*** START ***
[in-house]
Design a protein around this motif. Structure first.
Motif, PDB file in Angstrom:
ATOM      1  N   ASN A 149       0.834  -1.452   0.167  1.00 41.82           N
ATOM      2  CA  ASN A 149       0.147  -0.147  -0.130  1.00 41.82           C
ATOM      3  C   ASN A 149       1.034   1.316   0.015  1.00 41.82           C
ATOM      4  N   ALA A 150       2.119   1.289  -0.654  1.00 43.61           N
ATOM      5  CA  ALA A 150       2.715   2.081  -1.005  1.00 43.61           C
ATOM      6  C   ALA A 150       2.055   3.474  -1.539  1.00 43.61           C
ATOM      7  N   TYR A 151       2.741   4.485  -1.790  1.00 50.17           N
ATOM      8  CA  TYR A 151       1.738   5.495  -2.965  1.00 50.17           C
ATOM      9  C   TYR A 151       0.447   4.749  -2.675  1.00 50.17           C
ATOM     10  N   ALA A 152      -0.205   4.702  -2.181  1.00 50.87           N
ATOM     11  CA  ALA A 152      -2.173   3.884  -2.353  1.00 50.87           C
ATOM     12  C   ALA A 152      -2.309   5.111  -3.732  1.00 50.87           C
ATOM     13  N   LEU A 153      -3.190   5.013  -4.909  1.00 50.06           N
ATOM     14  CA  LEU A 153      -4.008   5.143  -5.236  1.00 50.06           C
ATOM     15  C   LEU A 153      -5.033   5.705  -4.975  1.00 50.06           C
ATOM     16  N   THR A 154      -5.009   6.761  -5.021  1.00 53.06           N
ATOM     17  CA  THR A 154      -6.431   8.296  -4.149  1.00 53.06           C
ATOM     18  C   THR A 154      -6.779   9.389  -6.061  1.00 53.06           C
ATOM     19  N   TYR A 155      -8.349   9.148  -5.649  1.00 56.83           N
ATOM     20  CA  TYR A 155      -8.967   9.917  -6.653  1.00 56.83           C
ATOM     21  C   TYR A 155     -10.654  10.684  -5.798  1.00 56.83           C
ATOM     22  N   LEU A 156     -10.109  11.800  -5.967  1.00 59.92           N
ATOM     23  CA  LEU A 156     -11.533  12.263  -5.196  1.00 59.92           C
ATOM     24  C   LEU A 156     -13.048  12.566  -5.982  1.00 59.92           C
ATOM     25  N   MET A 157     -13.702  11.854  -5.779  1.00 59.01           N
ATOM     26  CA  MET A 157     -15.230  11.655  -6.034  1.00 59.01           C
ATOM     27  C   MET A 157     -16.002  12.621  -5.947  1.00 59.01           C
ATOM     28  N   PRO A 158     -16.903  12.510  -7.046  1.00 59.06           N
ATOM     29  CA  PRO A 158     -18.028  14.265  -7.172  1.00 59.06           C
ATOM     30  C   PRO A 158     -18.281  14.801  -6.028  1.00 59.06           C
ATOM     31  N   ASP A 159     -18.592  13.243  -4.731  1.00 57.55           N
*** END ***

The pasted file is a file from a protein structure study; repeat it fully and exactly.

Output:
[in-house]
Design a protein around this motif. Structure first.
Motif, PDB file in Angstrom:
ATOM      1  N   ASN A 149       0.834  -1.452   0.167  1.00 41.82           N
ATOM      2  CA  ASN A 149       0.147  -0.147  -0.130  1.00 41.82           C
ATOM      3  C   ASN A 149       1.034   1.316   0.015  1.00 41.82           C
ATOM      4  N   ALA A 150       2.119   1.289  -0.654  1.00 43.61           N
ATOM      5  CA  ALA A 150       2.715   2.081  -1.005  1.00 43.61           C
ATOM      6  C   ALA A 150       2.055   3.474  -1.539  1.00 43.61           C
ATOM      7  N   TYR A 151       2.741   4.485  -1.790  1.00 50.17           N
ATOM      8  CA  TYR A 151       1.738   5.495  -2.965  1.00 50.17           C
ATOM      9  C   TYR A 151       0.447   4.749  -2.675  1.00 50.17           C
ATOM     10  N   ALA A 152      -0.205   4.702  -2.181  1.00 50.87           N
ATOM     11  CA  ALA A 152      -2.173   3.884  -2.353  1.00 50.87           C
ATOM     12  C   ALA A 152      -2.309   5.111  -3.732  1.00 50.87           C
ATOM     13  N   LEU A 153      -3.190   5.013  -4.909  1.00 50.06           N
ATOM     14  CA  LEU A 153      -4.008   5.143  -5.236  1.00 50.06           C
ATOM     15  C   LEU A 153      -5.033   5.705  -4.975  1.00 50.06           C
ATOM     16  N   THR A 154      -5.009   6.761  -5.021  1.00 53.06           N
ATOM     17  CA  THR A 154      -6.431   8.296  -4.149  1.00 53.06           C
ATOM     18  C   THR A 154      -6.779   9.389  -6.061  1.00 53.06           C
ATOM     19  N   TYR A 155      -8.349   9.148  -5.649  1.00 56.83           N
ATOM     20  CA  TYR A 155      -8.967   9.917  -6.653  1.00 56.83           C
ATOM     21  C   TYR A 155     -10.654  10.684  -5.798  1.00 56.83           C
ATOM     22  N   LEU A 156     -10.109  11.800  -5.967  1.00 59.92           N
ATOM     23  CA  LEU A 156     -11.533  12.263  -5.196  1.00 59.92           C
ATOM     24  C   LEU A 156     -13.048  12.566  -5.982  1.00 59.92           C
ATOM     25  N   MET A 157     -13.702  11.854  -5.779  1.00 59.01           N
ATOM     26  CA  MET A 157     -15.230  11.655  -6.034  1.00 59.01           C
ATOM     27  C   MET A 157     -16.002  12.621  -5.947  1.00 59.01           C
ATOM     28  N   PRO A 158     -16.903  12.510  -7.046  1.00 59.06           N
ATOM     29  CA  PRO A 158     -18.028  14.265  -7.172  1.00 59.06           C
ATOM     30  C   PRO A 158     -18.281  14.801  -6.028  1.00 59.06           C
ATOM     31  N   ASP A 159     -18.592  13.243  -4.731  1.00 57.55           N